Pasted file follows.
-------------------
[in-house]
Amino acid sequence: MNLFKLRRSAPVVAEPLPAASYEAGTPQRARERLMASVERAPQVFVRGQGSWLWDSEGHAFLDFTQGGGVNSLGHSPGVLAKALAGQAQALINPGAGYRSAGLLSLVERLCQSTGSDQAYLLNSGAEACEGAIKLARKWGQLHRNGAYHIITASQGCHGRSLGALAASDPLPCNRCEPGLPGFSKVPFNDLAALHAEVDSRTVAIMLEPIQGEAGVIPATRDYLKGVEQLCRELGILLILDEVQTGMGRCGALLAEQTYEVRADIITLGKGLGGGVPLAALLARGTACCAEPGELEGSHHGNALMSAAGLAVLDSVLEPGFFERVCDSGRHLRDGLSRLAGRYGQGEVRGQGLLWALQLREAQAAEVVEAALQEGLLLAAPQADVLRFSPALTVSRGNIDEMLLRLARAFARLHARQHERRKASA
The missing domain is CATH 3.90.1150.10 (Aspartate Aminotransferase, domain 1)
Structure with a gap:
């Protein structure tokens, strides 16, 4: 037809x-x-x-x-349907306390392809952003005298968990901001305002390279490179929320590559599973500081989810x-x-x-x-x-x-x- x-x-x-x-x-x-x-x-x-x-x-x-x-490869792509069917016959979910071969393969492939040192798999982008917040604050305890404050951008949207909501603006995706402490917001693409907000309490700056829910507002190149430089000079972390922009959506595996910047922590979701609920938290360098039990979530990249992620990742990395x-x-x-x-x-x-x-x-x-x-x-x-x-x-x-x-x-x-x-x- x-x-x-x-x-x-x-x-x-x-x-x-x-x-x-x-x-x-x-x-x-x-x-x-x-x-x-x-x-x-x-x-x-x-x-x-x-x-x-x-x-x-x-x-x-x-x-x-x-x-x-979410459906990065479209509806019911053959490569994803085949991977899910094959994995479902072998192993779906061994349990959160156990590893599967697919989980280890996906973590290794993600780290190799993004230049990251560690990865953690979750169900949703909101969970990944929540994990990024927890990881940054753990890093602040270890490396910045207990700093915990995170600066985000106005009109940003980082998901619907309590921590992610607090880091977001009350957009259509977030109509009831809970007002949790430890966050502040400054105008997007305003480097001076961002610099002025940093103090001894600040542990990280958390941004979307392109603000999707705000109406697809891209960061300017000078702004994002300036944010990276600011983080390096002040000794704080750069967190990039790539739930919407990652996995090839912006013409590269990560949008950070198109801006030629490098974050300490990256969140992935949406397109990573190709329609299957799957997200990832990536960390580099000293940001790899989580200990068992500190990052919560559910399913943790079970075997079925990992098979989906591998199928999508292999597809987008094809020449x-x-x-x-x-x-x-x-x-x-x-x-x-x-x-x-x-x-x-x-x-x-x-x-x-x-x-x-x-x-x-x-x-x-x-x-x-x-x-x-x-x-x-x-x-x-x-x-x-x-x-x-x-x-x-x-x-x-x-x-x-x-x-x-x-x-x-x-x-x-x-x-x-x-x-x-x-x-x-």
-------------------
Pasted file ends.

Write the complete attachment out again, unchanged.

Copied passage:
[in-house]
Amino acid sequence: MNLFKLRRSAPVVAEPLPAASYEAGTPQRARERLMASVERAPQVFVRGQGSWLWDSEGHAFLDFTQGGGVNSLGHSPGVLAKALAGQAQALINPGAGYRSAGLLSLVERLCQSTGSDQAYLLNSGAEACEGAIKLARKWGQLHRNGAYHIITASQGCHGRSLGALAASDPLPCNRCEPGLPGFSKVPFNDLAALHAEVDSRTVAIMLEPIQGEAGVIPATRDYLKGVEQLCRELGILLILDEVQTGMGRCGALLAEQTYEVRADIITLGKGLGGGVPLAALLARGTACCAEPGELEGSHHGNALMSAAGLAVLDSVLEPGFFERVCDSGRHLRDGLSRLAGRYGQGEVRGQGLLWALQLREAQAAEVVEAALQEGLLLAAPQADVLRFSPALTVSRGNIDEMLLRLARAFARLHARQHERRKASA
The missing domain is CATH 3.90.1150.10 (Aspartate Aminotransferase, domain 1)
Structure with a gap:
């Protein structure tokens, strides 16, 4: 037809x-x-x-x-349907306390392809952003005298968990901001305002390279490179929320590559599973500081989810x-x-x-x-x-x-x- x-x-x-x-x-x-x-x-x-x-x-x-x-490869792509069917016959979910071969393969492939040192798999982008917040604050305890404050951008949207909501603006995706402490917001693409907000309490700056829910507002190149430089000079972390922009959506595996910047922590979701609920938290360098039990979530990249992620990742990395x-x-x-x-x-x-x-x-x-x-x-x-x-x-x-x-x-x-x-x- x-x-x-x-x-x-x-x-x-x-x-x-x-x-x-x-x-x-x-x-x-x-x-x-x-x-x-x-x-x-x-x-x-x-x-x-x-x-x-x-x-x-x-x-x-x-x-x-x-x-x-979410459906990065479209509806019911053959490569994803085949991977899910094959994995479902072998192993779906061994349990959160156990590893599967697919989980280890996906973590290794993600780290190799993004230049990251560690990865953690979750169900949703909101969970990944929540994990990024927890990881940054753990890093602040270890490396910045207990700093915990995170600066985000106005009109940003980082998901619907309590921590992610607090880091977001009350957009259509977030109509009831809970007002949790430890966050502040400054105008997007305003480097001076961002610099002025940093103090001894600040542990990280958390941004979307392109603000999707705000109406697809891209960061300017000078702004994002300036944010990276600011983080390096002040000794704080750069967190990039790539739930919407990652996995090839912006013409590269990560949008950070198109801006030629490098974050300490990256969140992935949406397109990573190709329609299957799957997200990832990536960390580099000293940001790899989580200990068992500190990052919560559910399913943790079970075997079925990992098979989906591998199928999508292999597809987008094809020449x-x-x-x-x-x-x-x-x-x-x-x-x-x-x-x-x-x-x-x-x-x-x-x-x-x-x-x-x-x-x-x-x-x-x-x-x-x-x-x-x-x-x-x-x-x-x-x-x-x-x-x-x-x-x-x-x-x-x-x-x-x-x-x-x-x-x-x-x-x-x-x-x-x-x-x-x-x-x-």